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The German bishops are at it again, edging closer toward schism, and with it, excommunication.
In a press release Tuesday, the Ecumenical Church Congress in Germany confirmed German Catholics will join Protestants in offering intercommunion services — this, despite a clear prohibition from the Vatican.
Bp. John Doerfler: "Though we share more in common with other Christians than there are divisions, we do not overcome the divisions by pretending they do not exist or by minimizing them."
German bishops have also expressed a willingness to bless so-called same-sex unions, which the Church's doctrinal office rejected just this week.
The director of the New Ways Ministry, which advocates for so-called LGBT rights, responded Monday to what he sees as the Vatican clamping down on Germany's schismatic plans.
Francis DeBernardo: "Part of the reason that this decision came down is because in Europe, particularly in Germany and Austria, bishops and priests, ah, bishops are ready to approve blessings for same-sex couples."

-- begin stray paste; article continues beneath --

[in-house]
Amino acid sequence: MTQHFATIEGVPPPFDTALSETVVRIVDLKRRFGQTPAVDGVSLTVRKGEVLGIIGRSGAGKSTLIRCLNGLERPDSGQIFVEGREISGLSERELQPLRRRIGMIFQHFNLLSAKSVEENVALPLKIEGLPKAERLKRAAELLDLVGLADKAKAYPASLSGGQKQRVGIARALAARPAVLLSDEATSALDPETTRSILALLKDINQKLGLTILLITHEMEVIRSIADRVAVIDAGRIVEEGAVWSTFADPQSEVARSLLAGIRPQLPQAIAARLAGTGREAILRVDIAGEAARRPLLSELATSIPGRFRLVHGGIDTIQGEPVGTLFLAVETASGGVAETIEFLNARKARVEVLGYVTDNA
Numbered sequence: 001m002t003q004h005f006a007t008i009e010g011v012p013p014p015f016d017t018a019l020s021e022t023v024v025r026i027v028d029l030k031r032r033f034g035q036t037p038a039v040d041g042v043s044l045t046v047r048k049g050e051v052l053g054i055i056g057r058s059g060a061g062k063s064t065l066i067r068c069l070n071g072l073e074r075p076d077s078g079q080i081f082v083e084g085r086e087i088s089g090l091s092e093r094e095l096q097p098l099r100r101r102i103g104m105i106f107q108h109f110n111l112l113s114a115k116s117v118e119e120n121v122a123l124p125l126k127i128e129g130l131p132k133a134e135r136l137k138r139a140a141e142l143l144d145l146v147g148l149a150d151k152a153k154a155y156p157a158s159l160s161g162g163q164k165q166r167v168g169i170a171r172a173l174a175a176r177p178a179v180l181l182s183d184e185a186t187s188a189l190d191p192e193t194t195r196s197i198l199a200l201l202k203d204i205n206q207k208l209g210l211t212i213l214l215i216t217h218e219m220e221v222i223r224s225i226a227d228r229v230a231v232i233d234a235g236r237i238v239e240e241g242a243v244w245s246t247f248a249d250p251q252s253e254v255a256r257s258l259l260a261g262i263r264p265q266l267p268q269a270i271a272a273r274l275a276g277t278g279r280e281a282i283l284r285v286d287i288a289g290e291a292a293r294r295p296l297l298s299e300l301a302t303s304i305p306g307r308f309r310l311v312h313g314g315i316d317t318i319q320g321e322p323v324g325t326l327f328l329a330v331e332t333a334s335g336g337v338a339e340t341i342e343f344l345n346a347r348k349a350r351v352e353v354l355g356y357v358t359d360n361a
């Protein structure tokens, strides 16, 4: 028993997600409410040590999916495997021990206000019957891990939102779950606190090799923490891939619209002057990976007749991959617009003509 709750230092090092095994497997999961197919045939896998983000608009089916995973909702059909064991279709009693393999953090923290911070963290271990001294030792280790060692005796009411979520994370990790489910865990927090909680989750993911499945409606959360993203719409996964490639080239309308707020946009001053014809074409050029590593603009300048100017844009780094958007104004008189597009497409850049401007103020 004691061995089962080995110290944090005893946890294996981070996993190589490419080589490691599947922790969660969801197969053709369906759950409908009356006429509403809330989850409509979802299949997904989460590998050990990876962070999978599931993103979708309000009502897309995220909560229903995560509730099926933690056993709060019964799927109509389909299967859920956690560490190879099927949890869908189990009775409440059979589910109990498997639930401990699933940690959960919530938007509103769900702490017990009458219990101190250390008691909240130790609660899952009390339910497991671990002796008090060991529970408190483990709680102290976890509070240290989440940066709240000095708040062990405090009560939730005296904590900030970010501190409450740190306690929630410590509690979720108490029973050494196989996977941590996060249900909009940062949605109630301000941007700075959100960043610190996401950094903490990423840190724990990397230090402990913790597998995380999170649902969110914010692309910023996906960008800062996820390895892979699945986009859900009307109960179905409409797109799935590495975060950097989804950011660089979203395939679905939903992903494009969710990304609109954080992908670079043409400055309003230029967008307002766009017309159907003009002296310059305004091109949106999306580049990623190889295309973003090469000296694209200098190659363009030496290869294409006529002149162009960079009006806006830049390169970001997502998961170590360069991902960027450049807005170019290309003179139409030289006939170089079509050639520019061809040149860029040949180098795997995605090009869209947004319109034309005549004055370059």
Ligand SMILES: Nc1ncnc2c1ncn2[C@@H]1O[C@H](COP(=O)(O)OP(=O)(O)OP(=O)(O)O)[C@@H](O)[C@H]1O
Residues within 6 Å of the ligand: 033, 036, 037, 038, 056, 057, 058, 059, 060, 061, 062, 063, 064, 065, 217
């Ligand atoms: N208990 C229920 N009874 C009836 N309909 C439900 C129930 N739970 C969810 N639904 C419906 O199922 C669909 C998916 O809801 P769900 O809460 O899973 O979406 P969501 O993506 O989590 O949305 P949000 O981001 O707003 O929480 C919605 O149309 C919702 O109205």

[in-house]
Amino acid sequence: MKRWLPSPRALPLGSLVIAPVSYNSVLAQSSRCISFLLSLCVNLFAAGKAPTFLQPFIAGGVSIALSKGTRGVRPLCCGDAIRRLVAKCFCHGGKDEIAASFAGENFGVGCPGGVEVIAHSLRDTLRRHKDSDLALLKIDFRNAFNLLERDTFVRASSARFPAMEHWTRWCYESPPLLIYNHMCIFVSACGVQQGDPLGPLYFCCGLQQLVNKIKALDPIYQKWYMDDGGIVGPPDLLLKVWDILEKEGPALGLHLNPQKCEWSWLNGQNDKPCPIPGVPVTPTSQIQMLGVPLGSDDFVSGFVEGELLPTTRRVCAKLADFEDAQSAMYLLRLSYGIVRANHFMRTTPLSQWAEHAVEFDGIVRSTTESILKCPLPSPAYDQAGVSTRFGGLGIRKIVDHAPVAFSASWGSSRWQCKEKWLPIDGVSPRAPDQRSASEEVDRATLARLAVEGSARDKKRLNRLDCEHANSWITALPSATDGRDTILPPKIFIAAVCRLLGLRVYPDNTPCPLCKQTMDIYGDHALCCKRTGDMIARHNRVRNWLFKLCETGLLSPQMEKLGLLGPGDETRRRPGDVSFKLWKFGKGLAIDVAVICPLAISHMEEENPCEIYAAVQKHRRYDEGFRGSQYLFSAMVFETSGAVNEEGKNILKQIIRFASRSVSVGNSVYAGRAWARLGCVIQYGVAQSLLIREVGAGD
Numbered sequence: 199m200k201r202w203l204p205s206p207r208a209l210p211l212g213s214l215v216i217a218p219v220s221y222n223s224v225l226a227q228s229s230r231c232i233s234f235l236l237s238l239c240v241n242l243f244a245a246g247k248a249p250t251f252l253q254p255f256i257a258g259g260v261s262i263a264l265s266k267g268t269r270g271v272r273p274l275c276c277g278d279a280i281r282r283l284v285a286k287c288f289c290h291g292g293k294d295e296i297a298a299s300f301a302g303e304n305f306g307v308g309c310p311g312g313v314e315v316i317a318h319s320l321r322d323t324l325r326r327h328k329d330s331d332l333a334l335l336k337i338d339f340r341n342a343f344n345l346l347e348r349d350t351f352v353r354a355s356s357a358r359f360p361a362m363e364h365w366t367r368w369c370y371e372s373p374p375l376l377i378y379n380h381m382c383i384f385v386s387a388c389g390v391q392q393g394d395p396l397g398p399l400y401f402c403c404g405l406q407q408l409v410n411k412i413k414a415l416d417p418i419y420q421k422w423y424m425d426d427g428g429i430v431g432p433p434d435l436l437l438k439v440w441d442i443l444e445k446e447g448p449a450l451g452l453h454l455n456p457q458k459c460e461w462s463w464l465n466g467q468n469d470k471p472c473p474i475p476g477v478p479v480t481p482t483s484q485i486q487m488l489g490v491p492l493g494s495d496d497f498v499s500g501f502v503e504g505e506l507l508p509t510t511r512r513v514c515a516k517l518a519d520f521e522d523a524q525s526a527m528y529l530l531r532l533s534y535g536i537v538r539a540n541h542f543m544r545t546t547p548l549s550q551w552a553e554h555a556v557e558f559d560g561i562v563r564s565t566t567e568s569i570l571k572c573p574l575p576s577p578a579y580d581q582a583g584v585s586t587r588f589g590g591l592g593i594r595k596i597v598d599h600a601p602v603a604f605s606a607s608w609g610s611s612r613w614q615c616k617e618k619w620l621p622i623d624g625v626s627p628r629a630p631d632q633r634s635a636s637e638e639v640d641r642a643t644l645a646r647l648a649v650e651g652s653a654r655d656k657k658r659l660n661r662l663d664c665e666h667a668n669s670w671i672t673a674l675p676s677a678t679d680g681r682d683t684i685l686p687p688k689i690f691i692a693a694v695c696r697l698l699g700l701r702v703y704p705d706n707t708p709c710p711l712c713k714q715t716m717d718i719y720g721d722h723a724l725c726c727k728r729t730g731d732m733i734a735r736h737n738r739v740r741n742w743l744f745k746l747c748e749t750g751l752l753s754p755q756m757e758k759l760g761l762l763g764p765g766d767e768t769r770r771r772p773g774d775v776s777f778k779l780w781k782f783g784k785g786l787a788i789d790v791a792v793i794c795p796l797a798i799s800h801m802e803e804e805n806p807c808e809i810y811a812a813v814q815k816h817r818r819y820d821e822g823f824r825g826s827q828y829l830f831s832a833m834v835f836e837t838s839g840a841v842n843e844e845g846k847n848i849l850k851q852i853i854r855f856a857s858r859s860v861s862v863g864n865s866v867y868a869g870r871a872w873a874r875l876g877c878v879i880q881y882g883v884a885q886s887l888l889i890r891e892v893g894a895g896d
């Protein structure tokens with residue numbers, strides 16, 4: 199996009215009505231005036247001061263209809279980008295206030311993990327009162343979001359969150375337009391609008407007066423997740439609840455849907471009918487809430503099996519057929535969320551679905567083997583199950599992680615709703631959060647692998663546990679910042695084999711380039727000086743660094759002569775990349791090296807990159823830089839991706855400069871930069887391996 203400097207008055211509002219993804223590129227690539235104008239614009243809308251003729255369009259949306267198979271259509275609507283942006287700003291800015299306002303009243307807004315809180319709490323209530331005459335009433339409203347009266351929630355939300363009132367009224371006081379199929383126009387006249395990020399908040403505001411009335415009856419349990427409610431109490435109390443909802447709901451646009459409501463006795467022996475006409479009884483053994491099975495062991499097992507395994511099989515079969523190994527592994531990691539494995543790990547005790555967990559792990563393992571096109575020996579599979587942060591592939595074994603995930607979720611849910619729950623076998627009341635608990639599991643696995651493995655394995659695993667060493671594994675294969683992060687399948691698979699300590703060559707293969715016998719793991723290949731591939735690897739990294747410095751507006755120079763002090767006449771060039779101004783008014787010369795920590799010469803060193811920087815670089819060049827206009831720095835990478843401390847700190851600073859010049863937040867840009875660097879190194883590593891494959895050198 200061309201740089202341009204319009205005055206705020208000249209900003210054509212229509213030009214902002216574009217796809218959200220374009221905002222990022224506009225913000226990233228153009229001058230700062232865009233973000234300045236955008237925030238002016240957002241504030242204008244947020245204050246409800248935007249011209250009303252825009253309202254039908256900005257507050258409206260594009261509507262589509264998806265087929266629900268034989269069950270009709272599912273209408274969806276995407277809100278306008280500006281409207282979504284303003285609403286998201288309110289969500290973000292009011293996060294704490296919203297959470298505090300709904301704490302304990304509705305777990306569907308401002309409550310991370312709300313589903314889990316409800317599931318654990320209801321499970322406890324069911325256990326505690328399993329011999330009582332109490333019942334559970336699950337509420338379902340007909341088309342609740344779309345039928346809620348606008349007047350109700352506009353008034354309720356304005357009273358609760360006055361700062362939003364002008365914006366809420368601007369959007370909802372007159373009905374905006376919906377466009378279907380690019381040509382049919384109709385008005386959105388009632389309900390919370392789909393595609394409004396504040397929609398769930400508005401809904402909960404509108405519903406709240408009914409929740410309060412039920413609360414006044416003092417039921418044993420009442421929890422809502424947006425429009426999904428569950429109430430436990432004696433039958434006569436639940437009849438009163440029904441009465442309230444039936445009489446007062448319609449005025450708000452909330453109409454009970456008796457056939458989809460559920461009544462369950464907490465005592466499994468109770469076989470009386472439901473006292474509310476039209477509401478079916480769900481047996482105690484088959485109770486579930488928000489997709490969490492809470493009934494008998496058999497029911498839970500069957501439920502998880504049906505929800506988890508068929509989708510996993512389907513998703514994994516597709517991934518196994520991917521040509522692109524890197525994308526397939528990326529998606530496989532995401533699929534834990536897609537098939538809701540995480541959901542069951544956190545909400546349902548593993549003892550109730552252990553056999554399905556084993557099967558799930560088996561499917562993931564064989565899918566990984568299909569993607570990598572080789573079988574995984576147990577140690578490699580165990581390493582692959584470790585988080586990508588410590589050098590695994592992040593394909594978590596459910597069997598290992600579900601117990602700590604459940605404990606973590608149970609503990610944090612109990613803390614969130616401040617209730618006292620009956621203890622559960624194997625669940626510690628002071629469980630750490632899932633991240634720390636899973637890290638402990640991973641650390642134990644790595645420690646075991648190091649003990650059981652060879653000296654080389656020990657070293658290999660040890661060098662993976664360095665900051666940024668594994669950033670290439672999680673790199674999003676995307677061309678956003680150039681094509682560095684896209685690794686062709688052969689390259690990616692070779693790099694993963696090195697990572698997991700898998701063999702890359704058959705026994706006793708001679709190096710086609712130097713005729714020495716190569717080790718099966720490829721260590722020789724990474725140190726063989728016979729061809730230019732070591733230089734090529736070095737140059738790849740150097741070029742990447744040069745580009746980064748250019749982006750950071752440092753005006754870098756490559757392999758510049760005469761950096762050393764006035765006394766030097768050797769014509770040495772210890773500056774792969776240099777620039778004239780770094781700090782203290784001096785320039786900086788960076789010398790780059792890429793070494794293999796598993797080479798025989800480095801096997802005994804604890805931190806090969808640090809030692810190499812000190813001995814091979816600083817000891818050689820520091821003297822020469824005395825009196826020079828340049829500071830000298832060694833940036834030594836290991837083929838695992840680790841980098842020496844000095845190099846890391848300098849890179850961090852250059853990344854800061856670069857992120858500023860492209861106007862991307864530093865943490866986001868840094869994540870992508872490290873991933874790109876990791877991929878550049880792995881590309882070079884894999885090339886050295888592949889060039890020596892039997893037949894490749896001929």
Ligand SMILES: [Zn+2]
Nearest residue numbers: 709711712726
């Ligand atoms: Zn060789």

On National Public Radio Tuesday, Jamie Manson, a self-proclaimed lesbian and president of the heretical Catholics for Choice, also responded to the new Vatican document while typifying a fundamental misunderstanding of the meaning of love.
Manson: "This gives a sense that our love is inferior, that our love is not blessed by God."
Manson also sees the Vatican's statement as a direct response to Germany's encroaching apostasy.
Manson: "There were some murmurings in Germany by bishops. They were considering, 'Can we bless same-sex couples?' So I think that put a lot of pressure on the Vatican."
While rejecting the act blessing same-sex unions, German cardinal Gerhard Müller also has a history of rejecting intercommunion, telling First Things Magazine that only those baptized and in full communion with the Catholic Church can receive sacramental Communion. This is because Holy Communion requires faith in the Real Presence of Christ and a true communion of faith with each other. Protestants are lacking in both.
As the German bishops teeter on schism with the Chair of Peter on chastity and obedience, faithful observers notice an eerie similarity to the 16th century Protestant revolt which, of course, began in Germany.
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